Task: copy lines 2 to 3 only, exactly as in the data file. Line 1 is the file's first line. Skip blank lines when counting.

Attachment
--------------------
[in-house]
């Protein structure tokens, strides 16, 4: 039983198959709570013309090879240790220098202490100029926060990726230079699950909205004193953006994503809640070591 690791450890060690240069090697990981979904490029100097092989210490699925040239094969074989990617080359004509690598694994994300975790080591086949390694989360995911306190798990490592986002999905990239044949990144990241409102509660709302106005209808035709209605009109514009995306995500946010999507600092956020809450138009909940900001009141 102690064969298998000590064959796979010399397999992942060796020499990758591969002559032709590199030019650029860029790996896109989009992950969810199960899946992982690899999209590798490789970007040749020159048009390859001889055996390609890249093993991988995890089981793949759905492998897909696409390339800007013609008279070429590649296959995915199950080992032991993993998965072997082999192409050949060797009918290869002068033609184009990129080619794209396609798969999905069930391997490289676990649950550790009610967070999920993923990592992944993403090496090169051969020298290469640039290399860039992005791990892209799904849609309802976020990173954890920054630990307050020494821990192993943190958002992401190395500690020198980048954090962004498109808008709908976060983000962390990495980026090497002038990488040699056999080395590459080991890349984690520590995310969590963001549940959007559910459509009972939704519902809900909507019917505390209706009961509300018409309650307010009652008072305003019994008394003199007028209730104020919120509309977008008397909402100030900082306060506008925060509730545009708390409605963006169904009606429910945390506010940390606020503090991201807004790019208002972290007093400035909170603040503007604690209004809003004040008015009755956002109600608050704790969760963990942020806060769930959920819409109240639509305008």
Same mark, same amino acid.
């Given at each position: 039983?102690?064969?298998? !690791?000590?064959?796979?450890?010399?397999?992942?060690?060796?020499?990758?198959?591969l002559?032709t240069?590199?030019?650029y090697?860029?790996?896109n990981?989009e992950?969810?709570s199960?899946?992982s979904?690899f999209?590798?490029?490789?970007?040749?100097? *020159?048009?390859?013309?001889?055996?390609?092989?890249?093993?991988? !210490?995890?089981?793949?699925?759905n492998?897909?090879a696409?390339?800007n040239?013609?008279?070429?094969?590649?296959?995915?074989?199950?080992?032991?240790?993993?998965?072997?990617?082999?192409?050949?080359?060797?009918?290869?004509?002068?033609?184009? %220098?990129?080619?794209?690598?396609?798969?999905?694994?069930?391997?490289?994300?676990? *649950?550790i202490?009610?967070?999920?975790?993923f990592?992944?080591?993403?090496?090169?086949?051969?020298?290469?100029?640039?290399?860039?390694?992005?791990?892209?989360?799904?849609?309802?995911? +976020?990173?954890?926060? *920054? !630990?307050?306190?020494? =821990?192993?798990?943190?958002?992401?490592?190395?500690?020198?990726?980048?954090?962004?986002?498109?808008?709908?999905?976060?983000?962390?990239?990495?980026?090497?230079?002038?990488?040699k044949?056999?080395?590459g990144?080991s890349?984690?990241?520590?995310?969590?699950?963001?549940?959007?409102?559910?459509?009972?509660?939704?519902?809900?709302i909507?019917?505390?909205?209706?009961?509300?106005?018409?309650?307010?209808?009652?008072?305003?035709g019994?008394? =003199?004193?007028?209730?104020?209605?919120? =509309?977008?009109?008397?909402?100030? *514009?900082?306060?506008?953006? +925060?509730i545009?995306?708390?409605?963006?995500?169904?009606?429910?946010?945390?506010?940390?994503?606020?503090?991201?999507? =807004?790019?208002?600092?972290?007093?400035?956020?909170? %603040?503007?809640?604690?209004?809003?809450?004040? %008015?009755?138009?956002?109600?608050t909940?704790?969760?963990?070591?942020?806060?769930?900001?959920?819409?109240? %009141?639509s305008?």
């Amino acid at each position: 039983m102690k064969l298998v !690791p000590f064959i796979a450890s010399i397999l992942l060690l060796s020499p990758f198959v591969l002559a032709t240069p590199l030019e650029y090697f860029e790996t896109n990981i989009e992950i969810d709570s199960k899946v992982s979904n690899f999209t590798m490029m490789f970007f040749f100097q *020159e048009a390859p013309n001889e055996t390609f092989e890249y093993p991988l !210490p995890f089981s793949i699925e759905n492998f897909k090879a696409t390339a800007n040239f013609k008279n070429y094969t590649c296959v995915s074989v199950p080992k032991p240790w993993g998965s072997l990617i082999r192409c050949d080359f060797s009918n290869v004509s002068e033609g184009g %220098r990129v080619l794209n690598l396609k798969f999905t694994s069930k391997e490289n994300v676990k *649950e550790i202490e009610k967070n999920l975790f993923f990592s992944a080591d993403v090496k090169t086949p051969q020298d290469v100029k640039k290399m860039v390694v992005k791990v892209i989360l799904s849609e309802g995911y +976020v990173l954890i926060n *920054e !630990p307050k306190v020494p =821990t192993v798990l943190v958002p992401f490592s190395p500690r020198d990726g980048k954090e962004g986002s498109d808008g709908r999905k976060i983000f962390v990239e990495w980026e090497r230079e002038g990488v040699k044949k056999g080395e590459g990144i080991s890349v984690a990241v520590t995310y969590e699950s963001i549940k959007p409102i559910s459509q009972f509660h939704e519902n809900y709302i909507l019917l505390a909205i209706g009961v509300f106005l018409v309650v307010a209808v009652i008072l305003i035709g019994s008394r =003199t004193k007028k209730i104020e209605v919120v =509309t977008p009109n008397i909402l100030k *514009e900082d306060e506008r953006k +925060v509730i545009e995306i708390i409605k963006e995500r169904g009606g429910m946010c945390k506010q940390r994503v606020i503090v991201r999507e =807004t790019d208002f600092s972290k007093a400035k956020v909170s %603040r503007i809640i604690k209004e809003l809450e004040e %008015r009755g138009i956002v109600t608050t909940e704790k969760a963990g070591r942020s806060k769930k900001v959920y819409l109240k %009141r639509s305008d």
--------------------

């Protein structure tokens, strides 16, 4: 039983198959709570013309090879240790220098202490100029926060990726230079699950909205004193953006994503809640070591 690791450890060690240069090697990981979904490029100097092989210490699925040239094969074989990617080359004509690598694994994300975790080591086949390694989360995911306190798990490592986002999905990239044949990144990241409102509660709302106005209808035709209605009109514009995306995500946010999507600092956020809450138009909940900001009141 102690064969298998000590064959796979010399397999992942060796020499990758591969002559032709590199030019650029860029790996896109989009992950969810199960899946992982690899999209590798490789970007040749020159048009390859001889055996390609890249093993991988995890089981793949759905492998897909696409390339800007013609008279070429590649296959995915199950080992032991993993998965072997082999192409050949060797009918290869002068033609184009990129080619794209396609798969999905069930391997490289676990649950550790009610967070999920993923990592992944993403090496090169051969020298290469640039290399860039992005791990892209799904849609309802976020990173954890920054630990307050020494821990192993943190958002992401190395500690020198980048954090962004498109808008709908976060983000962390990495980026090497002038990488040699056999080395590459080991890349984690520590995310969590963001549940959007559910459509009972939704519902809900909507019917505390209706009961509300018409309650307010009652008072305003019994008394003199007028209730104020919120509309977008008397909402100030900082306060506008925060509730545009708390409605963006169904009606429910945390506010940390606020503090991201807004790019208002972290007093400035909170603040503007604690209004809003004040008015009755956002109600608050704790969760963990942020806060769930959920819409109240639509305008």
Same mark, same amino acid.